I’m assuming that this was DC and WB preparing the world for the then upcoming live action version of The Green Lantern and ironically in my opinion this is way better than the Ryan Reynolds big budget movie. That’s not to say that Green Lantern: Emerald Knights is a great movie, nor is it a bad movie. My feelings are that this was made for the fans that perhaps may have felt the previous Green Lantern Animated Film “Green Lantern: First Flight” was made for a more widespread audience. Personally I really liked First Flight.

Green Lantern: Emerald Knights is really a well told story that is constructed into the pending threat as the home planet of the Green Lantern Corps faces a battle with an ancient enemy and Hal Jordan (Nathan Fillion) must prepare new recruit Arisia (Elisabeth Moss) for the coming conflict by relating stories of the first Green Lantern and several of Hal’s comrades. It’s a great method in embedding previous adventures from the comic books that casual fans may not have read or heard of and that applies to the characters too. If like me, a casual fan I am listening to Jordan’s tales in the same vain as Arisia. So I thought that was a neat way of storytelling. The sub stories are actually really good and remain interesting throughout the films duration. Yes some of the alien characters and the animation in these characters looks and voices could be silly at times but the storytelling remained consistent and made me understand this universe a little more. 

The cast again like most of these DC animated films are strong and Nathan Fillion is back (Last time as Steve Trevor in Wonder Woman from 2009) Jason Isaacs as Sinestro (last played Ra’s al Ghul in 2010’s Batman: Under the Red Hood) Elisabeth Moss as Arisia (I think this was his first and only time in the DC Animated Universe) Arnold Vosloo of Mummy fame playing Abin Sur (previously Bar-El in All-Star Superman from 2011) and Henry Rollins as Kilowog (Rollins has a long list of animated features including Batman: The Brave and the Bold Television Series. The majority of the cast have a history in comic book animations or live action and I feel this is important on how they come across in their voice acting. Here  the likes of Fillion and co get it and what they have to bring to the table. In all of the DC Animated Universe Films I commend the voice actors as they have all done a sterling job in their roles and once more show us that even in voice they must perform to the peak of their game.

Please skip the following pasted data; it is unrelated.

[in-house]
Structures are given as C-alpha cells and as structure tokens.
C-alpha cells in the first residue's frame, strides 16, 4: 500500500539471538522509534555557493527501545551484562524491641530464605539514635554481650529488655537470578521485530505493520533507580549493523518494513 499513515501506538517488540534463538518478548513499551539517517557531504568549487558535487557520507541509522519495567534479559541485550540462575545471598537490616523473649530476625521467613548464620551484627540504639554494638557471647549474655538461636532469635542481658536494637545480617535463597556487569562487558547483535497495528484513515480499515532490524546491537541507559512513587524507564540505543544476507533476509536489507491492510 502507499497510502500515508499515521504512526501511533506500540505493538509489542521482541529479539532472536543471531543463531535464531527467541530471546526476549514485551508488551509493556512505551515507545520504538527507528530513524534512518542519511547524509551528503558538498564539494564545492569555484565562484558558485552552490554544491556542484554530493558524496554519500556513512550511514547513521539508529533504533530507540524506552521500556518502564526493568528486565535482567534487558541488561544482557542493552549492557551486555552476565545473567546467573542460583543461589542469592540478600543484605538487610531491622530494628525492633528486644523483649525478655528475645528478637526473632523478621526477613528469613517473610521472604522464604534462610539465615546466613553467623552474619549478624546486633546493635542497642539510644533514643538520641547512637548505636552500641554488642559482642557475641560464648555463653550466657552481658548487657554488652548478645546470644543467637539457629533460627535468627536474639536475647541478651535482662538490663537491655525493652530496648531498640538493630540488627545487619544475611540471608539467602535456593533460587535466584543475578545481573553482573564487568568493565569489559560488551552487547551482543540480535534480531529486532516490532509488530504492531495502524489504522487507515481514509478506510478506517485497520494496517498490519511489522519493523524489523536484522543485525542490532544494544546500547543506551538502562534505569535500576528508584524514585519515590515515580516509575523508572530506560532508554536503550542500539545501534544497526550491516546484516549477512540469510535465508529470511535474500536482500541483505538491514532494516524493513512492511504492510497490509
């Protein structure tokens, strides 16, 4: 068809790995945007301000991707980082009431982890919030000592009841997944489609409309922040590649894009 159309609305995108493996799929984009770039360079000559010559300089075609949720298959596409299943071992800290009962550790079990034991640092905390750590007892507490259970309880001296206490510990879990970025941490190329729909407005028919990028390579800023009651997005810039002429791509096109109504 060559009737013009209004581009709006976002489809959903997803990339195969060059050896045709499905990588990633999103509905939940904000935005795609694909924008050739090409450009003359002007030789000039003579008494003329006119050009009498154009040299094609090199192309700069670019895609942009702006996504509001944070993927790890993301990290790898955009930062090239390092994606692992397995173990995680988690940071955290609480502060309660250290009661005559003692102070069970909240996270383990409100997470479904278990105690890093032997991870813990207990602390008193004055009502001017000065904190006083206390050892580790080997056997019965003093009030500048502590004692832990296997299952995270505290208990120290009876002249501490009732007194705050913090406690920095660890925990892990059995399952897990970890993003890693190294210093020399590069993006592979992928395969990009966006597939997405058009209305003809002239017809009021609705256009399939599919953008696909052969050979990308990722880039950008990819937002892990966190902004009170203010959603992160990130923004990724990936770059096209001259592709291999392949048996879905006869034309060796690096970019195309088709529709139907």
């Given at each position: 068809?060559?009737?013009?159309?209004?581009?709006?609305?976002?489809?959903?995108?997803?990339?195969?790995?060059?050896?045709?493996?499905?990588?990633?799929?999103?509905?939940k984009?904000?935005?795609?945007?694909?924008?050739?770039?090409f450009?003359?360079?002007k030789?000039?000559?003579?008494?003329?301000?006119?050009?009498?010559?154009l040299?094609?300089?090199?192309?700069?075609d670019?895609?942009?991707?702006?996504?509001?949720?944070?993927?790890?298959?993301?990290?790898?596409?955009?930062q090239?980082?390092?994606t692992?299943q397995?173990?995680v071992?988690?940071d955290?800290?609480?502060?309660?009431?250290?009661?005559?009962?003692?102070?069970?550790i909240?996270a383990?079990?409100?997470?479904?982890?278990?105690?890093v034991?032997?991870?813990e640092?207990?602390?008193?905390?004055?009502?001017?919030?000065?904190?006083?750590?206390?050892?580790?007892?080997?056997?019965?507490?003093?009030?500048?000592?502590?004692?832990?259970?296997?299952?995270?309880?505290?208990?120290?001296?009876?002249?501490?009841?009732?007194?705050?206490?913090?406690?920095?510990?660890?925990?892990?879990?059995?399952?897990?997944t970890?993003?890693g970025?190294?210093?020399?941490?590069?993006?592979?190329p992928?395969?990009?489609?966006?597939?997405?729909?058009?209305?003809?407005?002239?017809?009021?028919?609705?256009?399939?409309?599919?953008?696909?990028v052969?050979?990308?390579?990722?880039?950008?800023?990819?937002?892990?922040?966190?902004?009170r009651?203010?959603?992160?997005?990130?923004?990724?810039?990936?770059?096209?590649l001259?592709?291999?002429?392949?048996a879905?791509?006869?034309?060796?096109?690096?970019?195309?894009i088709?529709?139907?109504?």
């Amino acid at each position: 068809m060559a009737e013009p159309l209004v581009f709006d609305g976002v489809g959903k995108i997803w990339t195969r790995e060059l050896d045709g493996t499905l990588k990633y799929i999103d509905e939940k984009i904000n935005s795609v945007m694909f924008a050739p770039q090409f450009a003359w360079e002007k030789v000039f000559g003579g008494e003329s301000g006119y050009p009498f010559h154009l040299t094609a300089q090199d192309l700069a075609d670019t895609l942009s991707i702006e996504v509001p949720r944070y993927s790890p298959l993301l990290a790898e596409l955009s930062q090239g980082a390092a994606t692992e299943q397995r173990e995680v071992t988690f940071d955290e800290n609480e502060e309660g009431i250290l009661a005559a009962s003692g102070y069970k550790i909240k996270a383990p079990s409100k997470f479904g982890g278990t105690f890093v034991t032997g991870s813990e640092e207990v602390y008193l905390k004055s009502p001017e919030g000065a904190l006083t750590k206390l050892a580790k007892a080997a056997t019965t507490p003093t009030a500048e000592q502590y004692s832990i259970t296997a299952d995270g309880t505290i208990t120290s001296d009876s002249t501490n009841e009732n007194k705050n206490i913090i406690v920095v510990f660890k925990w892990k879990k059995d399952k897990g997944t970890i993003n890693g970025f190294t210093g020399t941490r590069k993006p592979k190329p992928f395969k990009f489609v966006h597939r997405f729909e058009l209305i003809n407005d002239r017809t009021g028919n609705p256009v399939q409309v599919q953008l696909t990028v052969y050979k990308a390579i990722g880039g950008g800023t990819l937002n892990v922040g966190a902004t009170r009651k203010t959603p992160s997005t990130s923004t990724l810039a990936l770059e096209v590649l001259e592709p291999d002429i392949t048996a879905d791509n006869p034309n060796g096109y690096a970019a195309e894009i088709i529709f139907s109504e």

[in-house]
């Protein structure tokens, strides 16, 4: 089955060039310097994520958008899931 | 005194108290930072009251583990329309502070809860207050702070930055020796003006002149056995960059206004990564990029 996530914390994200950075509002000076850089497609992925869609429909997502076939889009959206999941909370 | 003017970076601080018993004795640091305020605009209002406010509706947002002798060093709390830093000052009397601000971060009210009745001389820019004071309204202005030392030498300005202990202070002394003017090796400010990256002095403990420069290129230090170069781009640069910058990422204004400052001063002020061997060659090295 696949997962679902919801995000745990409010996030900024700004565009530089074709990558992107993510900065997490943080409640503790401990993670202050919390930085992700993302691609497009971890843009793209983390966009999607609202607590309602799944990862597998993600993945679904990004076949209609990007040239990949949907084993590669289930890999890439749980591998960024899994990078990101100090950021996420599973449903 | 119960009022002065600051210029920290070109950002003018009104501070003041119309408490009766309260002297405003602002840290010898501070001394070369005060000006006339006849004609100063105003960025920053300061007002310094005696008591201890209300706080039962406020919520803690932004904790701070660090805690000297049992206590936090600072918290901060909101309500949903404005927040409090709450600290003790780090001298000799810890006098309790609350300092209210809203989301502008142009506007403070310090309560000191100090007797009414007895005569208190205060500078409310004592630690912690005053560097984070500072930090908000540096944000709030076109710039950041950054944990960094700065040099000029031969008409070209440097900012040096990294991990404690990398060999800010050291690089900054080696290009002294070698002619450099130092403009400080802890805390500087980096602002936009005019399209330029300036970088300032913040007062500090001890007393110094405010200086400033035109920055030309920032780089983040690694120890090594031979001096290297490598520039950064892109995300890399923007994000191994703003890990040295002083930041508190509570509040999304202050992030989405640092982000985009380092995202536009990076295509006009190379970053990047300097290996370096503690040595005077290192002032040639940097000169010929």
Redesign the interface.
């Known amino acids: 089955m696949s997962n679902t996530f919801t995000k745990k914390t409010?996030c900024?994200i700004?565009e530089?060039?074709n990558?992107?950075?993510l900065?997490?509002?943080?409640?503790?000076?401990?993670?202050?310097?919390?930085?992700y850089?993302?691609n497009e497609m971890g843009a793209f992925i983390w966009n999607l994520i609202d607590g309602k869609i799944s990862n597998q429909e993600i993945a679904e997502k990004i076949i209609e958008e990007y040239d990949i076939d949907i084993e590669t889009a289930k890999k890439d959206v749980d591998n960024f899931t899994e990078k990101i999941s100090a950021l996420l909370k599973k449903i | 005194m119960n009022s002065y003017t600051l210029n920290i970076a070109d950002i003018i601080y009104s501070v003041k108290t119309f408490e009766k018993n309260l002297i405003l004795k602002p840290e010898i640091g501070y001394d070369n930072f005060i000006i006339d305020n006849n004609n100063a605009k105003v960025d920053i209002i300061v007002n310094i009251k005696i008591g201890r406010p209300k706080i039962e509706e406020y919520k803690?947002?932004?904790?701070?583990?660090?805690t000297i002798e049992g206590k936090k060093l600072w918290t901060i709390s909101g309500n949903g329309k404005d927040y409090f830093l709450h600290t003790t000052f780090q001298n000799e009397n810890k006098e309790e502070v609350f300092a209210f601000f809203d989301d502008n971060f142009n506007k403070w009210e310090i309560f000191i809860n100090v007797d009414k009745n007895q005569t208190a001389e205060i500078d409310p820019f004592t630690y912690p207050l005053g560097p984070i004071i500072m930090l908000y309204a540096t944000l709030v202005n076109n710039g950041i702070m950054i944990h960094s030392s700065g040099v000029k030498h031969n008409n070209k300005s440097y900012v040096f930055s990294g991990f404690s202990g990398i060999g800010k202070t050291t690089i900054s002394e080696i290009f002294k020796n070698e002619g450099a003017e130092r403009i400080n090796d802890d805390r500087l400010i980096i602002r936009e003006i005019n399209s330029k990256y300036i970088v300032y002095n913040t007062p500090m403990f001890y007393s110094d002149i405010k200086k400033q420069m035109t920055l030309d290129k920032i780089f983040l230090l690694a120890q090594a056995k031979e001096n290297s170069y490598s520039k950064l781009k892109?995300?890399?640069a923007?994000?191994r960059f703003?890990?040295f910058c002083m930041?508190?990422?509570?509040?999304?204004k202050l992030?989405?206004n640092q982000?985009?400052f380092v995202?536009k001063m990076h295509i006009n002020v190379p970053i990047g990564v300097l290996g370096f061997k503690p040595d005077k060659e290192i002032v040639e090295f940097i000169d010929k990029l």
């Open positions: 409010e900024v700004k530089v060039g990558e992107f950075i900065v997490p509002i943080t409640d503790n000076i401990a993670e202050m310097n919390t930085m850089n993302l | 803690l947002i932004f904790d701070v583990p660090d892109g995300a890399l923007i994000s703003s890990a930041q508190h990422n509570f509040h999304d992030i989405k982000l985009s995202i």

The action sequences are fast and furious. The opening scenes are quite graphic and sets the tone to the movie which worked well as the movies colours where bright throughout and I think with Christopher Berkeley (The Batman (TV Series) and Lauren Montgomery (Superman/Doomsday, Wonder Woman,Green Lantern: First Flight, Justice League: Crisis on Two Earths, Superman/Batman: Apocalypse) in the Directorial chair I knew we were in safe hands on where we were going with this movie. It might have been my mind playing tricks on me but I am pretty sure all the flashbacks had a different animation style to differentiate the storytelling. Some of the animation at times made the alien creatures silly looking at not at all menacing or superior and thankfully this is just nitpicking because as I said the storytelling was dominant here anyway. The Hal / Arisia animation interactions in between the stories was more traditional comic book look and both characters came across as teacher and student as it was intended.

Overall, Green Lantern: Emerald Knights may have been created with the core fanbase in mind but newbies like myself will be able to pickup and understand the plot easily enough and be taught some of the backstory to the other characters within the Green Lantern Core and it’s universe.

Personally I enjoyed the First Flight film as an overall experience but storytelling wise Emerald Knights is one of the best in the DC Animated Universe out there. My advice would be not to start your DC adventures here. Go back and watch them chronologically and embrace the build up to this cracking film from Christopher Berkeley and Lauren Montgomery. Highly Recommended.